In response to and in anticipation of supply shortages and pandemic containment due to COVID-19, consumer behavior has changed. Even with these behavioral shifts, retail supply chains must continue to focus on the right product, right place and right time; however, meeting these prioritized needs are significantly more challenging due to new challenges and increased risk.
Challenges such as reduced cash flow, weaker sales, short-term demand spikes driven by supply shortages, and permanent changes in customer behavior — including shift to online, new preferences, and new brand or product substitution — have placed substantial stress on retail supply chains. These behavioral changes are most pronounced in categories such as food, consumables (e.g. cleaning supplies and over the counter pharmaceuticals), and personal care products.
If the medical and pharmaceutical communities were able to eradicate COVID-19 tomorrow, the long-term supply chain impacts of COVID-19 would persist for at least many months still. With that, retailers must adapt existing supply chain systems and processes to minimize pandemic impacts for both the short and long-term.
While big data, analytics and AI can be used to improve demand planning, most retailers lack the time and resources to develop new demand planning solutions given the urgencies of COVID-19. As such, retailers must adapt existing systems, tools and processes to meet pandemic demand planning challenges.
Here are just a few ways that retailers can revamp and re-strategize their demand planning processes in order to respond to COVID-19 needs in the short-term and adjust to the long-term effects that are sure to come.
1. Correct Inventory Data for Out-of-Stocks
As inventory count (on-hand) accuracy is at risk during pandemic sales due to increased theft and suspension of cycle counting activities, as a minimum, it is important to ensure store and distribution center teams “zero-out” physical out of stocks to ensure minimal inventory data accuracy. More accurate on-hand data is required to revise substitution and demand transfer models used to analyze impact of out-of-stocks on historical sales to include much more broad substitution patterns.
2. Adjust Sales History to Account for Historical Out-of-Stocks
As inventory count accuracy is at risk during pandemic sales due to increased theft and suspension of cycle counting activities, as a minimum, it is important to ensure store and distribution center teams “zero-out” physical out of stocks to ensure minimal inventory data accuracy. Corrected on-hand data is necessary to revise substitution and demand transfer models used to analyze impact of out-of-stocks on consumer behavior. During pandemic containment consumers demonstrated broader substitution patterns in comparison to pre-COVID-19 purchase patterns.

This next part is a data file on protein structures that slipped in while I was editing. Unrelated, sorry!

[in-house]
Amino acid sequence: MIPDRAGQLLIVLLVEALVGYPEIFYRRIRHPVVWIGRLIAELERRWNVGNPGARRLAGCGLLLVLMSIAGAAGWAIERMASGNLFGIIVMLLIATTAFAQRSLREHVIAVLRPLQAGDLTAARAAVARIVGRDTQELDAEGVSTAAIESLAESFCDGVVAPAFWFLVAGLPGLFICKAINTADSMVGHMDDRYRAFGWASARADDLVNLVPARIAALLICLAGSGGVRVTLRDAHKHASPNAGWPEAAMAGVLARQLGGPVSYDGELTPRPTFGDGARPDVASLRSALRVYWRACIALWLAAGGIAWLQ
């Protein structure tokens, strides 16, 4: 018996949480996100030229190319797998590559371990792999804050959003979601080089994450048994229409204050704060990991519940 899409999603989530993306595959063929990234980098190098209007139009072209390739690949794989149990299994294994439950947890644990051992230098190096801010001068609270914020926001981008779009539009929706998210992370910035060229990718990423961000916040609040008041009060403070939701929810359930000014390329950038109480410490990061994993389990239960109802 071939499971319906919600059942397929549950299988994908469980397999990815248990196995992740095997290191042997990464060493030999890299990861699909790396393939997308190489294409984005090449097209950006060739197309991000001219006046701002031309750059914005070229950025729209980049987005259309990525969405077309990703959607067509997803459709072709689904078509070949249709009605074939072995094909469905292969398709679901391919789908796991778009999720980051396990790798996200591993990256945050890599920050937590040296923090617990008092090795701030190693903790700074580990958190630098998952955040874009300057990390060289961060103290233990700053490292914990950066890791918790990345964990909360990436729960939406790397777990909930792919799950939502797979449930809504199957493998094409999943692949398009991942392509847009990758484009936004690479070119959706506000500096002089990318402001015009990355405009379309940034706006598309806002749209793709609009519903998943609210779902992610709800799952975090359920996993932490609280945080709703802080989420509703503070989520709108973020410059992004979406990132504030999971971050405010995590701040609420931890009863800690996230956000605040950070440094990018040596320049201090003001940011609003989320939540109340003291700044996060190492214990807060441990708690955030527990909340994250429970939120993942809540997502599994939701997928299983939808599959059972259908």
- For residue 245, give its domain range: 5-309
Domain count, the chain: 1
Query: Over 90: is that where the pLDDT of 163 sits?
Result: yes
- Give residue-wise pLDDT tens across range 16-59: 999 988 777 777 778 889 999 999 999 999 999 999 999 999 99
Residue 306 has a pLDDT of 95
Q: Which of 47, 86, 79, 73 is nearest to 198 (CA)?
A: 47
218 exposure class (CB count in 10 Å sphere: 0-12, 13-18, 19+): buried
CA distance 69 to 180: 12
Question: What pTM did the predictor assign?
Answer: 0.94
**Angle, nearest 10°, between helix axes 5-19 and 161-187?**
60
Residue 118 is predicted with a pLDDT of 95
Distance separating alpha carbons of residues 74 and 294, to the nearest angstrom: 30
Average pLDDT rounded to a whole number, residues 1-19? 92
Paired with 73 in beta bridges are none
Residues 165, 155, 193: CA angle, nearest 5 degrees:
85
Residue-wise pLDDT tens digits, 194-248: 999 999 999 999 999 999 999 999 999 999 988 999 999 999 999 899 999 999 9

3. Promotional Analysis
Promotions analytics can account for short-term demand spikes, hoarding (modelled as pantry loading), impact of out-of-stocks on demand, and year-to-year demand due to cyclical and non-cyclical factors. Promotional analytics can be leveraged to differentiate short-term demand changes from changes in market structure and long-term changes in consumer behavior.
4. Seasonal Demand Shifts
Retailers will need to shift their seasonal demand models to include the flu season each year. The deep impact of COVID-19 ensures that consumers will take future global health risks more seriously and change their purchase patterns more profoundly with each flu season.
5. Supply Chain Parameters
Retailers will need to remove “just-in-time” assumptions and ensure parameters such as safety stock and lead time are adjusted for the short and medium term. That said, they will need to plan a roadmap of supply chain adjustments for a longer-term strategy to help return to a steady state and reincorporate just-in-time as supply chains stabilize.
6. Merchandising Requirements
In light of COVID-19, retailers should review and reduce minimum on-shelf quantities. Reduction of minimum on-shelf quantities for slower moving items will free up supply chain capacity (and cash flow) to address priority out-of-stocks.
COVID-19 has placed profound stress on consumers, retailers and retail supply chains alike. In order to meet the needs of consumers and better respond to calamitous supply chain challenges in the future, retailers must improve substantially revamp their supply chain and demand planning. Existing tools and processes (including promotions analytics) can be immediately leveraged to help improve demand planning without the time and effort required to develop new analytical tools and techniques.